Close to central station begins the Lister Meile, a homely shopping street. This mile-long pedestrian zone leads from the city centre to the Wilhelminian style quarter List. In the shops you can find the usual kind of stuff: clothing, books, fruits and vegetables. And there is even a store selling British food and candies (if you are homesick for English crisps and chocolate). In the Lister Meile (and in the area around) you can find lovely cafés and restaurants, where you can sit in or outside.
Underground stations: Hauptbahnhof, Lister Platz
Trendy snowboarding/skate shop with clothing, footwear, accessories. There is also an internet cafe with Skype and a plasma screen playing classic movies.
16 cours Bartavel, in the centre of Chamonix, next to the cinema;
Buying stuff in Germany can be a bit difficult. Take more than one payment card with you just in case. A prepaid cashcard is a good idea. Then you don't have to worry so much about having your card stolen and getting stranded.
www.360money.com; For more information on 360money see observer.guardian.co.uk/cash/story/0,,1774120,00.html
It is not easy to find good quality and distinctly North Korean souvenirs, particularly since you don't get much chance to wander around away from the prying eyes of your guide. A superb souvenir would be one of the lapel pins featuring Kim Il-sung or Kim Jong-il (or both). The quality is nothing to shout about, but it's a valuable keepsake because it is in theory illegal to get your hands on it. I didn't manage to, but it is definitely worth a shot.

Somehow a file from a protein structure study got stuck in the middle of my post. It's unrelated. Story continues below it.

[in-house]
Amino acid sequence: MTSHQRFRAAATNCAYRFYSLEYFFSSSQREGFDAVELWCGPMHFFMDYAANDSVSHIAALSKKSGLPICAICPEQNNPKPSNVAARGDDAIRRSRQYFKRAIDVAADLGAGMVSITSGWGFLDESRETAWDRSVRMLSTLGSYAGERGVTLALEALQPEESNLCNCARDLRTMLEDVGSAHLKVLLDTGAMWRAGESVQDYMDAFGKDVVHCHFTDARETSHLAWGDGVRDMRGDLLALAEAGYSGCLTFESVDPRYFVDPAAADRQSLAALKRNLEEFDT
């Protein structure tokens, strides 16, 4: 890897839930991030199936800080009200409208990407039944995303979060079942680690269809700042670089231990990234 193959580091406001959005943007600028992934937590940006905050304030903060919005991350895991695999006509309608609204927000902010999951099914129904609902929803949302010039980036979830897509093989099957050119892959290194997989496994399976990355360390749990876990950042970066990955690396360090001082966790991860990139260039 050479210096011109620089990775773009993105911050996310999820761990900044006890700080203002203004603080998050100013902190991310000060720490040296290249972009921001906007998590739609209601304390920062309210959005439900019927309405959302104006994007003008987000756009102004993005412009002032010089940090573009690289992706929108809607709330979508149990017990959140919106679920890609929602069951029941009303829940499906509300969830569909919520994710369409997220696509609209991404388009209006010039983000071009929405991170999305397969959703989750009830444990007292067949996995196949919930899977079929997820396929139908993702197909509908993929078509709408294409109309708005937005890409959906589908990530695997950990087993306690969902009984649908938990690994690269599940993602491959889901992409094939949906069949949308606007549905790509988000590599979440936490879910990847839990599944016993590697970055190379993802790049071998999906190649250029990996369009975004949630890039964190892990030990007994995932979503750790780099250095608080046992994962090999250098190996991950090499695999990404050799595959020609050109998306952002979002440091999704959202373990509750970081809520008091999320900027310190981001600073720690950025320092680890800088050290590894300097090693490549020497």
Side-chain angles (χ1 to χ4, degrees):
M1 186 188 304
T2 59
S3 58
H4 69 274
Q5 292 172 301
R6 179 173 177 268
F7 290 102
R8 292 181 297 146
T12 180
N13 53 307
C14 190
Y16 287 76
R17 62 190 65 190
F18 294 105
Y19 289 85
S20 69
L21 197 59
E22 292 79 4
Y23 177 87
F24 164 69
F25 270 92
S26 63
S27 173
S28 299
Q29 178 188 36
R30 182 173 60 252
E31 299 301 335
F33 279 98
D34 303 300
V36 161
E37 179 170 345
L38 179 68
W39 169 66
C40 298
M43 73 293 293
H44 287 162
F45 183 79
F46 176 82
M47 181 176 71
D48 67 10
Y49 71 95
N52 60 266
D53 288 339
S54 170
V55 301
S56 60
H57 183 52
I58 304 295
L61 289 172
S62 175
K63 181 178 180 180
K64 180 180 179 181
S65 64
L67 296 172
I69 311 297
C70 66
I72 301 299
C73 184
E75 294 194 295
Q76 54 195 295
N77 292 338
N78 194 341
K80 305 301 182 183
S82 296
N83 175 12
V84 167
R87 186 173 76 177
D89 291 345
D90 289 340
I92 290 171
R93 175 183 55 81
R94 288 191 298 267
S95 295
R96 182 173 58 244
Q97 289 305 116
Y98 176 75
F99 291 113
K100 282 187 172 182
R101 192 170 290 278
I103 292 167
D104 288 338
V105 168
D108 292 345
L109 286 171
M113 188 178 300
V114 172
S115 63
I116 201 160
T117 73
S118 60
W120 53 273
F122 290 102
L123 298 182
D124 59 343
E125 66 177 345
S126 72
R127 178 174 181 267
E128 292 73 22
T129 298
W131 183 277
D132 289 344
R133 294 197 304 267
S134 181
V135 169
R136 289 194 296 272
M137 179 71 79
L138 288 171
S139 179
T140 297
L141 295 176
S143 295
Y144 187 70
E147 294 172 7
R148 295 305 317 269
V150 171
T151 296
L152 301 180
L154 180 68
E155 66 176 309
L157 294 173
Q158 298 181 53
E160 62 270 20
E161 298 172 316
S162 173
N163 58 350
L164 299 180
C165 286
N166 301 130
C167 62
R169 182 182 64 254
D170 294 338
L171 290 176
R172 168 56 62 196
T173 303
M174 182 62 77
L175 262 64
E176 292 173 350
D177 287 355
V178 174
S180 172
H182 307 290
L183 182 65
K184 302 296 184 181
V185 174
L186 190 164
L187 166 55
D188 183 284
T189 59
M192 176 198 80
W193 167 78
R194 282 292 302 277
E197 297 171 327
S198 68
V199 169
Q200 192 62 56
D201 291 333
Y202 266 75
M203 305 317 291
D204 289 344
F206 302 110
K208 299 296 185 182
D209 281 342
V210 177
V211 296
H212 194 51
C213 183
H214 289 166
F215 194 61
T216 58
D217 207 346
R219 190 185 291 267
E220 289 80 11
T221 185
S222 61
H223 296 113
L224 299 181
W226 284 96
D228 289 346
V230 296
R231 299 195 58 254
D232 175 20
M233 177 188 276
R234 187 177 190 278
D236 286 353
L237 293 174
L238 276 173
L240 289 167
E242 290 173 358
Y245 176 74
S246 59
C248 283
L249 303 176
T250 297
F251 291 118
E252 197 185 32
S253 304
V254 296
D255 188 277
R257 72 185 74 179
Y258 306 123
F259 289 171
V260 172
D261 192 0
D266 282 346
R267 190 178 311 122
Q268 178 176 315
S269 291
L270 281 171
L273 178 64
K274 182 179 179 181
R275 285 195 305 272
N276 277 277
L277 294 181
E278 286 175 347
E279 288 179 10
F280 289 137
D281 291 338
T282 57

A runner-up gift would be other pins and badges featuring the Arirang festival or other commemorative events (such as the 2000 North-South Summit). The dolls of North Korean ladies should be a last resort. If you happen to take the train out to Dandong, China, you would be able to find nice albums featuring commemorative stamps from North Korea. A tacky but generally well-received present to those at home.
Mauthalle is one of the biggest medieval buildings in the centre of Nürnberg. Built in 1498 it was first used as a depository for salt and wheat. From the 1800's it was used to house municipal offices.
And after being burnt down during the second world war, it was restored to its former glory in the 1950's. Today it houses a shopping centre and in the basement is a restaurant and brewery called Barfüsser.
Königstrasse & An der Mauthalle (in the old town)
This shop on the edge of the Baixa, near the Sé, sells an excellent range of ceramics, linen, figurines etc from all over Portugal. The hand-painted clay figures from the north are delightful. Not especially cheap, but probably the best place in Lisbon to buy well-chosen handicrafts.
Rua da Madalena, 87;
tel 21 88 72 031;
Forget hands-on interactive high-tech experiences, this is a museum like they don't make them anymore. A charming and dusty old collection of fossils, rocks, prehistoric tools, etc, it feels like no-one but you has been here for years, which is possibly true. Watch out you don't trip over a dinosaur's tail.
This is a lovely, quiet corner of Lisbon to walk around, between São Bento and Bairro Alto. Ratton, a small gallery/shop selling hand-painted tiles by contemporary artists, including local hero Paula Rego, is at Rua Academia das Ciências 2.
Rua Academia das Ciências, 19; tel 21 346 39 15;
Tram 28 to Calçada do Combro then walk up Rua do Século, turn left into Rua Academia das Ciências;